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How e-cigarette companies are quietly winning the war on regulation

Smoking an e-cigarette in public.
Smoking an e-cigarette in public.
Universal Images Group

Electronic cigarette companies are quietly winning the war on regulation by successfully lobbying state legislatures to exclude them from tobacco control laws.

Public health officials and smoke-free advocates say industry-sponsored bills have the veneer of public health—with provisions about banning sales to minors—but avoid the more stringent rules other tobacco products must abide by.

"These are Trojan Horse bills that look good but leave gaping holes in public health regulations," said Vince Willmore of Tobacco Free Kids. "They result in different penalties and enforcement from regular tobacco products, they exempt e-cigarettes from being included in smoke-free air laws, and some exempt manufacturers from state taxes as well."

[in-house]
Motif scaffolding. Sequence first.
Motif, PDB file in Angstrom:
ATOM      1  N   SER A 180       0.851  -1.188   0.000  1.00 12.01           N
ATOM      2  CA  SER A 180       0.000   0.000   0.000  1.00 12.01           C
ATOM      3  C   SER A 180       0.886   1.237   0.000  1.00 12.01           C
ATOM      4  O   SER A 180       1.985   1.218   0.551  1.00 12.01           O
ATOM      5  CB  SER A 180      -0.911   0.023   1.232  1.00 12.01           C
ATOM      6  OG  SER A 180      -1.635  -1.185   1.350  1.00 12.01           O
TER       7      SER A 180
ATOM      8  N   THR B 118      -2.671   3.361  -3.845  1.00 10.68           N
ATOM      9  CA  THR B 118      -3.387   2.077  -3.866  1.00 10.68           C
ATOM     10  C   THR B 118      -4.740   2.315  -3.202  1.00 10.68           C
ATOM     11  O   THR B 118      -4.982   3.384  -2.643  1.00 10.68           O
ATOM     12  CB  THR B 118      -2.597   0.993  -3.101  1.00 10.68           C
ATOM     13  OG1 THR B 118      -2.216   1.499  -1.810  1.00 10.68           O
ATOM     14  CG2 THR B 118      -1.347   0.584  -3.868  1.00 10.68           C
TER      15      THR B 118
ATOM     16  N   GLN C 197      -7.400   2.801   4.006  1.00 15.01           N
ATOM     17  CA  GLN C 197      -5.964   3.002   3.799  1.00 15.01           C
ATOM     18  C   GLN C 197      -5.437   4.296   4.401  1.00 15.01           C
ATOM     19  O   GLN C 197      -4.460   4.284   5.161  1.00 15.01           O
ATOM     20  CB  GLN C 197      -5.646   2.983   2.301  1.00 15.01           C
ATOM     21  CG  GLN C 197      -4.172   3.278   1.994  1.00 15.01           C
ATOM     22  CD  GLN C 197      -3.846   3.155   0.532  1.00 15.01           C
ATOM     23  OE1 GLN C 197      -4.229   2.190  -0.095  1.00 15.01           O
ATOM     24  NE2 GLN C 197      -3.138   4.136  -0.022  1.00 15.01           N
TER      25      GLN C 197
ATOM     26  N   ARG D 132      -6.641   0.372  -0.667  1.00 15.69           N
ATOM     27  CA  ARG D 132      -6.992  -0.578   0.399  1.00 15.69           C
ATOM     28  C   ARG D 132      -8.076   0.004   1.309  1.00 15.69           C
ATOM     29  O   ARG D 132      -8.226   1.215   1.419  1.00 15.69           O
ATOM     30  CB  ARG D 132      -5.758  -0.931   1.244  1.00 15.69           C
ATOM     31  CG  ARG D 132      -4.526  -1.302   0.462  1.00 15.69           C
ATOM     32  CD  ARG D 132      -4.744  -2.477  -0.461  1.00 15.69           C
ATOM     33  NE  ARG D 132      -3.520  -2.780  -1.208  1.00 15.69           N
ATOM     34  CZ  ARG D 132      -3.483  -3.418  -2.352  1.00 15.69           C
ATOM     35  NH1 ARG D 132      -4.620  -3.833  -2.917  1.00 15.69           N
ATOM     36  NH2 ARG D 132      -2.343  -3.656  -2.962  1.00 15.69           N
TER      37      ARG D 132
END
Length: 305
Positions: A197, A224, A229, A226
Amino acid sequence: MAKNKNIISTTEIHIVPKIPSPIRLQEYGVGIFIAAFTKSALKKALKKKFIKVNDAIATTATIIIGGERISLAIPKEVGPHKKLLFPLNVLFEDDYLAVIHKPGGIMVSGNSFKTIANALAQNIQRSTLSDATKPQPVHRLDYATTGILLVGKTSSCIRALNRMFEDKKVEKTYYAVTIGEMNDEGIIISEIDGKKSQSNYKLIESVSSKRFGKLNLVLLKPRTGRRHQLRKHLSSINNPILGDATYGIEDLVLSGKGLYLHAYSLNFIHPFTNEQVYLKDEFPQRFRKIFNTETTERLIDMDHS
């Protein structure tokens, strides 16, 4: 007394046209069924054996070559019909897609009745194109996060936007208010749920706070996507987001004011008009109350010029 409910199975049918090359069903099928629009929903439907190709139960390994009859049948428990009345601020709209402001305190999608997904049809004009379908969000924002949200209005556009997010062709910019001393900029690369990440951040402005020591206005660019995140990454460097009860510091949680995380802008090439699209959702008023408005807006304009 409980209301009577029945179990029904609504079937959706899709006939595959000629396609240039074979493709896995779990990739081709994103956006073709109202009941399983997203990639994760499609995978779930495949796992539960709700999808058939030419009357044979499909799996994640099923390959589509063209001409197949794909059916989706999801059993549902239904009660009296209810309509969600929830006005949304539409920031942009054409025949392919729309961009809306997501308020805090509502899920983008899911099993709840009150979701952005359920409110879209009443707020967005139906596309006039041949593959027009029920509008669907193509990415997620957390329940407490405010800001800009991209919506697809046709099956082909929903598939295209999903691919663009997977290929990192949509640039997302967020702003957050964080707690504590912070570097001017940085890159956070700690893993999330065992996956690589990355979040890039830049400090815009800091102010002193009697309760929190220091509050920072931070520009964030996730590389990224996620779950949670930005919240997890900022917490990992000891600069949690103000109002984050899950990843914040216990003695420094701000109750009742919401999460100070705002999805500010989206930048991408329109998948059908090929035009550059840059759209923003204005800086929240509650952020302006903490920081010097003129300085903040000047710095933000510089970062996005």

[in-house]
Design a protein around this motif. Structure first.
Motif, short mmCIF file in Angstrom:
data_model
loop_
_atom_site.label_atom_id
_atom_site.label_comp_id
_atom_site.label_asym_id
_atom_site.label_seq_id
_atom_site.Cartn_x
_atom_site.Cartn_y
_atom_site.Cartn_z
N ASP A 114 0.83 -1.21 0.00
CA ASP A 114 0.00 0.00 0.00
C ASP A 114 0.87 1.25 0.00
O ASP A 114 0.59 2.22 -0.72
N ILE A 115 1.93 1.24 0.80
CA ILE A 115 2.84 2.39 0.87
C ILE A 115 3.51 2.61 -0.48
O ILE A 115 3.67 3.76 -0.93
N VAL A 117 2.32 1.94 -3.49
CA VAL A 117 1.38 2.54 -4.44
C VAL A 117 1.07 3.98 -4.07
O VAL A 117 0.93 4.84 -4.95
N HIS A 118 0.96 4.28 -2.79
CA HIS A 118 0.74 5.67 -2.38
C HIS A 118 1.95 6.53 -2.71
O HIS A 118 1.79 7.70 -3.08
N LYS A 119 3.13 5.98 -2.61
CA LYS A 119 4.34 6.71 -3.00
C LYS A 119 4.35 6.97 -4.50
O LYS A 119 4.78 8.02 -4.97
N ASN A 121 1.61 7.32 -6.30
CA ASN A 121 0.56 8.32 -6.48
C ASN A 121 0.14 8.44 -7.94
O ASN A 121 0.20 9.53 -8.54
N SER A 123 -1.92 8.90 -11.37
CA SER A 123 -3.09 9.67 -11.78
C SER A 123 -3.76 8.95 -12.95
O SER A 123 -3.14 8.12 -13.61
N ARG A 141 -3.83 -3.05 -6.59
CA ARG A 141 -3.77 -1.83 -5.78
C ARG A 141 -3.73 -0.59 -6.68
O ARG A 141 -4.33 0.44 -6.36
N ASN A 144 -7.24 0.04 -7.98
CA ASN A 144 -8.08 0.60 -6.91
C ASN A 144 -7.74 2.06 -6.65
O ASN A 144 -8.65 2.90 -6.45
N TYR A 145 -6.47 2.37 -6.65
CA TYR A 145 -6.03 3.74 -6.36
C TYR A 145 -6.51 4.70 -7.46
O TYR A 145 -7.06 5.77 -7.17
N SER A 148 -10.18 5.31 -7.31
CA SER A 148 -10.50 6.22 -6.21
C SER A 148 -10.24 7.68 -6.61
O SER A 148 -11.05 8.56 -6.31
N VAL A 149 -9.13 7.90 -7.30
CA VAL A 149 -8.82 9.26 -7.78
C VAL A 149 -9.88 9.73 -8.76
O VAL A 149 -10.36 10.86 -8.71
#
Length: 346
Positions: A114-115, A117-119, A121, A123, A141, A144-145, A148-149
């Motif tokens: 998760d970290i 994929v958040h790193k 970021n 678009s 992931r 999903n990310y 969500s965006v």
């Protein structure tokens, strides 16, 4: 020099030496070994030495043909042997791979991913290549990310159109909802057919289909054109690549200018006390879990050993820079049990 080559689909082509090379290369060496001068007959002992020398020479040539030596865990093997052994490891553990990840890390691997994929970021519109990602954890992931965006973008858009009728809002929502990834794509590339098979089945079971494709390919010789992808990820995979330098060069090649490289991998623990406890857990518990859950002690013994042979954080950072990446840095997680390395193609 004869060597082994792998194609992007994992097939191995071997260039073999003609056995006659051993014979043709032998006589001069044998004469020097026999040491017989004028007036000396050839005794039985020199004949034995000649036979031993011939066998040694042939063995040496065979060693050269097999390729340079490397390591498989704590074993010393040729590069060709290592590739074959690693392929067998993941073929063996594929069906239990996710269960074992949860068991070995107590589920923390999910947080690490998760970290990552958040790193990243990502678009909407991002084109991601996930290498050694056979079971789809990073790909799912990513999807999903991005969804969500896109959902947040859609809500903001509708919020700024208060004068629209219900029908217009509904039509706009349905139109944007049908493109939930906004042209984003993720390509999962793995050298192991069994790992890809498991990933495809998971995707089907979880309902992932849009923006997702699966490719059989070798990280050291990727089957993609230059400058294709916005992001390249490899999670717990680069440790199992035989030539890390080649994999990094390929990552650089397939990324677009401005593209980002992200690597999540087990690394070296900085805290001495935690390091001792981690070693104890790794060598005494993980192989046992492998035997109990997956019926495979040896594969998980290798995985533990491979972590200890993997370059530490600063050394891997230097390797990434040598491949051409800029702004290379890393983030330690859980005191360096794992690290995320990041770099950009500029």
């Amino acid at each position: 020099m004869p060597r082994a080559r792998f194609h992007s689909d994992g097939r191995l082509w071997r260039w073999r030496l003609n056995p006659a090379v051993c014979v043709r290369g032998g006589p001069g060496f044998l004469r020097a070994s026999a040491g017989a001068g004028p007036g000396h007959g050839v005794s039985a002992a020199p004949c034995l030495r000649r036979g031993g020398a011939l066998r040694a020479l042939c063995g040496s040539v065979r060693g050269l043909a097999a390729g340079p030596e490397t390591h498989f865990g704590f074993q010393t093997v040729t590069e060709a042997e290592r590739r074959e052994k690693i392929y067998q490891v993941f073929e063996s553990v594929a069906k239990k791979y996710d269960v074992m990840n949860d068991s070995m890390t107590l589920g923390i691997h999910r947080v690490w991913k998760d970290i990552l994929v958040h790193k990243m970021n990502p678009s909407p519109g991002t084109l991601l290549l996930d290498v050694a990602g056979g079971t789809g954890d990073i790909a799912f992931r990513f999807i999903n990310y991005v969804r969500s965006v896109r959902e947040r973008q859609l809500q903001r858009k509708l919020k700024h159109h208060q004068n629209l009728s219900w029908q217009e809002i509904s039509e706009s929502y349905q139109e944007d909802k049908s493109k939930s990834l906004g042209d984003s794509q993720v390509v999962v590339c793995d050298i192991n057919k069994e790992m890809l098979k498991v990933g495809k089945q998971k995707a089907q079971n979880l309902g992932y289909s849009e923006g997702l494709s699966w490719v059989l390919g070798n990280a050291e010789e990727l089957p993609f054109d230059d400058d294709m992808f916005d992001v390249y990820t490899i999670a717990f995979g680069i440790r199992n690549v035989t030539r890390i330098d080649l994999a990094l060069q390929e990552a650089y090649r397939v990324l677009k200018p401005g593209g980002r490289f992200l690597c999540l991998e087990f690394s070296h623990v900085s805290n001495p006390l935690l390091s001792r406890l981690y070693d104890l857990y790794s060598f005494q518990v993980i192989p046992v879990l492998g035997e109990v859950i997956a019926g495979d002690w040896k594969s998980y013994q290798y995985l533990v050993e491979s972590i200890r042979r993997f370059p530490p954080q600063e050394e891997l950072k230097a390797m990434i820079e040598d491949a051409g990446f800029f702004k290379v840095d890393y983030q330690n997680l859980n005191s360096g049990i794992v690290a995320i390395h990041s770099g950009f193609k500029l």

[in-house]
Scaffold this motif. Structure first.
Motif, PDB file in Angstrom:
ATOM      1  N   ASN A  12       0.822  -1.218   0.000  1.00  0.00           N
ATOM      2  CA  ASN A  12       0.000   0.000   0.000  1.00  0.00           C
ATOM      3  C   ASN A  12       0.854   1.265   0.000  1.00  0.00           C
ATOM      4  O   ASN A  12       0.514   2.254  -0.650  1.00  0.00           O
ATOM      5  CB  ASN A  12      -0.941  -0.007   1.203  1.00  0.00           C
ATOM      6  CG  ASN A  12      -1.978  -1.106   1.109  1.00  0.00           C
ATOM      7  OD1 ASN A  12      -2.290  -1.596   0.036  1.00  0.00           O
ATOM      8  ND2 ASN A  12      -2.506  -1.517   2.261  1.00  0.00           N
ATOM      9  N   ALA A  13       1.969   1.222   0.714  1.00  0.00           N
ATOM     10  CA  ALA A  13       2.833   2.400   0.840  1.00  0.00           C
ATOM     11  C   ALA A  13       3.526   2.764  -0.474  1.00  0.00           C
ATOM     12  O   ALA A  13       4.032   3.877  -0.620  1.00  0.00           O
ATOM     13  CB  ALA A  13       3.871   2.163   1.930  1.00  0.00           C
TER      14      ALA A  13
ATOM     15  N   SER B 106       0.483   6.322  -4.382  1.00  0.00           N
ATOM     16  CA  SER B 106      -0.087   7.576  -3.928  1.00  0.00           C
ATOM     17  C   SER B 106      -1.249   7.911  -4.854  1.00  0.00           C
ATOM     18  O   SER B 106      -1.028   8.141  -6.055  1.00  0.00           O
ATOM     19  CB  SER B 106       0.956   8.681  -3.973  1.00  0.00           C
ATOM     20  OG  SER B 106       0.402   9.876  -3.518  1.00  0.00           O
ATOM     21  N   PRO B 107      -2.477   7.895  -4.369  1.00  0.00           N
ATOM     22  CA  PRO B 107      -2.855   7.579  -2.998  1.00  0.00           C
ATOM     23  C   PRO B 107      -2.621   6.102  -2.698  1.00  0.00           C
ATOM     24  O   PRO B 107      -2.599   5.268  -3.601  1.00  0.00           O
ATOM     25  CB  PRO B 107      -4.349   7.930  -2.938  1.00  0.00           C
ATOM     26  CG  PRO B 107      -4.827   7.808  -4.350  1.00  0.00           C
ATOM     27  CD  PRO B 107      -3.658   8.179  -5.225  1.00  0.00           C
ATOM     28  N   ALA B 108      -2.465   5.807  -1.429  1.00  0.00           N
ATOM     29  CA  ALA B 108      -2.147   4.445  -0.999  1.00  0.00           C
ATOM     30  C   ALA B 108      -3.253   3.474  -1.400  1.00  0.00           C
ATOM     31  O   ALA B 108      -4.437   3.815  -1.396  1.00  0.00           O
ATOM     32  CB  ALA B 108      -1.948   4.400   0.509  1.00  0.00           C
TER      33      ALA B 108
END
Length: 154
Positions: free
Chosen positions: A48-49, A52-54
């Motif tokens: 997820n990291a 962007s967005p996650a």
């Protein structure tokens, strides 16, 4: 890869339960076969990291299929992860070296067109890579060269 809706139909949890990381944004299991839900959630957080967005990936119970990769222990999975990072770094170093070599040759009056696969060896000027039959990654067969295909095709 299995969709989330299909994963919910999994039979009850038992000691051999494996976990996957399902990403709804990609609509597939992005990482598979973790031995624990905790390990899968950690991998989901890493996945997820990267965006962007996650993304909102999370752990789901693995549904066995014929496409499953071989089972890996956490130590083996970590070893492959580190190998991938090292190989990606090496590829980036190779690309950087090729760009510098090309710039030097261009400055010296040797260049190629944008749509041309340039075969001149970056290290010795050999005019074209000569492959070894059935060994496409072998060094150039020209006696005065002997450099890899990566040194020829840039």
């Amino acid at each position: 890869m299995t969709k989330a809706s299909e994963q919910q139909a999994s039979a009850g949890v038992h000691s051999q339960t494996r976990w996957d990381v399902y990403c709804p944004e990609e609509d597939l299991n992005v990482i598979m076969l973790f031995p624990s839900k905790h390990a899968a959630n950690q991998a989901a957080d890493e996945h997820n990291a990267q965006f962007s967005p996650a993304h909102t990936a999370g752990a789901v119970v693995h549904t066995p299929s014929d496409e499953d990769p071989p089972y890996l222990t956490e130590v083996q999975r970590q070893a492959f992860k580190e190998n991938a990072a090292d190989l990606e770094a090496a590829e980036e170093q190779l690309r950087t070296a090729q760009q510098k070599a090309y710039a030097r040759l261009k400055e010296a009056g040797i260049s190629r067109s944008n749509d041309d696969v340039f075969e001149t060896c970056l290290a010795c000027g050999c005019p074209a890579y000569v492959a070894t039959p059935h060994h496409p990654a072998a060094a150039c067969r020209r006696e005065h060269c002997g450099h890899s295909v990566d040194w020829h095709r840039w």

E-cigarette companies—which manufacture the battery-powered devices to mimic smoking by vaporizing a nicotine-laced liquid—say they are concerned for public health and that their devices are safer than traditional cigarettes so they shouldn't be lumped in with existing tobacco laws.

Opponents of the laws see it another way: that they'll undo decades of public health work. The lax rules could result in normalization of a potentially harmful activity, encourage smokers to take up the habit, and expose people to second-hand vaping, of which we don't know the impact.

The World Health Organization has called e-cigarettes safety "illusive", since the ingredients they contain are not always disclosed and there is not "adequate data on emissions." When it comes to helping people quit smoking, they also say the science is not conclusive. The US Centers for Disease Control takes a similar stance: that there is not enough evidence to understand the health impact of vaping. They warn of the potential for nicotine addiction, poisoning, and call for more robust regulation.

"These tactics to undermine effective policies stand to make smoking and the behavior of smoking socially acceptable again," said Cathy Callaway, associate director of state and local campaigns for the American Cancer Society Cancer Action Network. "If the industry can keep people addicted to tobacco products, they'll be more likely to continue to purchase products, and the industry makes money."